d. If the material under consideration by the fund or the trustee is deficient in any way, there is a duty on the fund or the trustees to make all appropriate further enquiries.
In this case, in order to be properly informed, the fund should have sought additional medical information before determining the TPD claim. There was also further information that should have been sought including:
a. The specific work duties the individual performed throughout his employment;
b. Any tickets or certificates the member had obtained previously;
c. Any particular licences, such as forklift driving etc that the member had;
d. The level of seniority he achieved in the employment;
e. The relevant in-house training programs he completed previously over his years of employment;
f. Any particular other skills or experience he had obtained;
g. Whether he was regarded as a competent and capable employee.
When determining whether he was able to fulfil the relevant TPD definition, it was important that not only medical evidence was considered, but the factors set out above as well. It was important that all relevant information was before the decision maker, so that they could make a fully informed assessment of whether or not the member met the criteria contained in the definition for TPD.
The worker was successful with the case, and the decision rejecting his claim by the fund was set aside. The fund then appealed the decision to the Full Court. The Full Court concluded that, “when a fund is faced with conflicting information, it is under a duty to seek information to resolve the conflict. The claimant does not bear any onus of proof and accordingly the fund has a responsibility for making enquiries if it is not satisfied with what the claimant has provided. The fund’s onus is not discharged simply by requesting, in general terms, that the claimant provide further information to support his application”.
In summary, again this was a further decision highlighting the considerable duty the fund or trustee has when assessing a TPD claim and further gives insight into the factors that must be considered when determining the likelihood of a person returning back to work in the future.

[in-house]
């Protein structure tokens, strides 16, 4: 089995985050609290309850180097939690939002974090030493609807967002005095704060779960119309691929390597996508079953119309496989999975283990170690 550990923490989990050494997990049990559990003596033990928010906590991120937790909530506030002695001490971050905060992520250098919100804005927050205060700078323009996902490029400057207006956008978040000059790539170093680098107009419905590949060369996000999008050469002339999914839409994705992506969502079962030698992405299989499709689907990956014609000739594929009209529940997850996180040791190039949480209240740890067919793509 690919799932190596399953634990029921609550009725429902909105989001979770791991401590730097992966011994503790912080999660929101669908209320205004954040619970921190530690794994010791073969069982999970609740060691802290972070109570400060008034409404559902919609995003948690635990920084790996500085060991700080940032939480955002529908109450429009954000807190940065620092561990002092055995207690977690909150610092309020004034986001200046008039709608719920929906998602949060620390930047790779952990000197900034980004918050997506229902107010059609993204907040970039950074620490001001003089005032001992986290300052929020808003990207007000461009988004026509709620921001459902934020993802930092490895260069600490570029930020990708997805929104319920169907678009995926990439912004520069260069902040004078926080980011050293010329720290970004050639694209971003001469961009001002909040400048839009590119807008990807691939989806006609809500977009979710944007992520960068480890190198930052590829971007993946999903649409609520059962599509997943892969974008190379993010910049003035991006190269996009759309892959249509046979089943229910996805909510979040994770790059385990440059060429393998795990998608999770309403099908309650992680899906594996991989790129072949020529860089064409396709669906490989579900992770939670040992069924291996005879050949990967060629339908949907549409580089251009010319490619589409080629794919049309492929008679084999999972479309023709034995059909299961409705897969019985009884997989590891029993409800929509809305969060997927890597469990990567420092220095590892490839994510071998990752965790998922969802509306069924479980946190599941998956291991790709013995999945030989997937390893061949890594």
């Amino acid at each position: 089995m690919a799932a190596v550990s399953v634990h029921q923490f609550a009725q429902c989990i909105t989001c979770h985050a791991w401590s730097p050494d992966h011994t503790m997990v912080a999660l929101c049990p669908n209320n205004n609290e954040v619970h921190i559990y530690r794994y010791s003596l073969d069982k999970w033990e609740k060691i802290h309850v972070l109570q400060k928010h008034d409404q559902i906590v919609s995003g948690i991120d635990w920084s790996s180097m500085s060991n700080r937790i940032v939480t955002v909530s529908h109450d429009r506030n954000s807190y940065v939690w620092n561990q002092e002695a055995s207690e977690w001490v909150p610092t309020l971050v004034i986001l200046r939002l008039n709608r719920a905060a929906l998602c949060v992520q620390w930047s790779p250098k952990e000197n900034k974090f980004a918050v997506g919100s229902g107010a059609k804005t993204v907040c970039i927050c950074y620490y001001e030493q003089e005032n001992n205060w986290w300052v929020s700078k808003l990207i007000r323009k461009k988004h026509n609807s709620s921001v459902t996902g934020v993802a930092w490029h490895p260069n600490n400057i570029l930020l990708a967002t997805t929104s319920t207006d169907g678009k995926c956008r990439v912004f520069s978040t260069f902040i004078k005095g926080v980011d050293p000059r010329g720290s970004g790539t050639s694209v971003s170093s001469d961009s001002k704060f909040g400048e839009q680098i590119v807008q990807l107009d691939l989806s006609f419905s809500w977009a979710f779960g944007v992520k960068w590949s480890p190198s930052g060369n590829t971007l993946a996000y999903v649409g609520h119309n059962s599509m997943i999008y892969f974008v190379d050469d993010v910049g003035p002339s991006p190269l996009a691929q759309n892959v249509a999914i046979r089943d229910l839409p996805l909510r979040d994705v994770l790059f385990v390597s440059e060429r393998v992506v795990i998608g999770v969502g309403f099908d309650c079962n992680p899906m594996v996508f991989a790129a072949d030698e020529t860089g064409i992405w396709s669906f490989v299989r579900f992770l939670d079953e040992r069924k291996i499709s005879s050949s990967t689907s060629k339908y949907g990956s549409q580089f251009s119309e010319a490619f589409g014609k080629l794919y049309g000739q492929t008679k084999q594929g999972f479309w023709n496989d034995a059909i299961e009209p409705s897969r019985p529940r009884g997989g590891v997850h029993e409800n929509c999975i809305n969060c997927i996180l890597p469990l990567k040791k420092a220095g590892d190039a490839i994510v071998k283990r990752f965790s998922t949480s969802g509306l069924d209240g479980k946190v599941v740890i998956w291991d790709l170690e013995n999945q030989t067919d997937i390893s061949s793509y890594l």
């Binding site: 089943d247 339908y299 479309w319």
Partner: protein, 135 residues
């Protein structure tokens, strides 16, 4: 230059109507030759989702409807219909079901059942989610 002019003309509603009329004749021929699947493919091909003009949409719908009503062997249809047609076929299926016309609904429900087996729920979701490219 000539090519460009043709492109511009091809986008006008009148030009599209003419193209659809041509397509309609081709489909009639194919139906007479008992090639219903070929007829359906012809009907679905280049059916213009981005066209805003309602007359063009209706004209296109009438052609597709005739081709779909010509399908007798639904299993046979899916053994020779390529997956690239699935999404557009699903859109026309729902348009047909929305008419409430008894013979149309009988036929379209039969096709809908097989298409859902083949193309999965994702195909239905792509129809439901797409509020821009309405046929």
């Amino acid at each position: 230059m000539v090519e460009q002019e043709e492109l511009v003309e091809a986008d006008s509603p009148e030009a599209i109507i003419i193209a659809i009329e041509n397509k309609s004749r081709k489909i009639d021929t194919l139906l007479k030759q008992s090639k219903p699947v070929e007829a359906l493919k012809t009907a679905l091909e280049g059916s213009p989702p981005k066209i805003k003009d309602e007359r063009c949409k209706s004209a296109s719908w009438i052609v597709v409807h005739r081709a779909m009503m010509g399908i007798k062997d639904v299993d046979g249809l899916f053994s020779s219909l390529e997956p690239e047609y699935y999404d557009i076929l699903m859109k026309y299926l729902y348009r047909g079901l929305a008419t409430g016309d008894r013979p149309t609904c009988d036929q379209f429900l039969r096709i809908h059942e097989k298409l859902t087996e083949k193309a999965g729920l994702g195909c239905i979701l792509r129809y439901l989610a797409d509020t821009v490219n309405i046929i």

Dargan v United Super Pty Ltd & Anor (2011) NSW SC 1316
A central part of this case involved consideration of the phrase, “reasonably fitted by education, training or experience”.
The applicant claimed to be totally and permanent disabled from July 2007, when he fell and injured his back at work. At the time he was working as a removal assistant.
The relevant TPD definition was as follows:
a. The insured person has not been gainfully employed for more than a period of six months;
b. The insured person is unable to follow the usual occupation by reason of accident or illness, after considering the medical evidence, the trustee is satisfied it is unlikely that the insured is ever able to engage in any regular remunerative work for which he/she is reasonably fitted by education, training or experience.
At the time of considering his Application, Mr Dargan was working part time as a taxi driver. Subsequent to making his Application for a TPD claim, he applied for a licence as a taxi driver. So the Application for his licence as a taxi driver occurred more than six months after he had ceased work. He was also not working at the time of making the Application for TPD. However, by the time his Application was decided by the insurer, he was working about 15 to 20 hours per week as a taxi driver.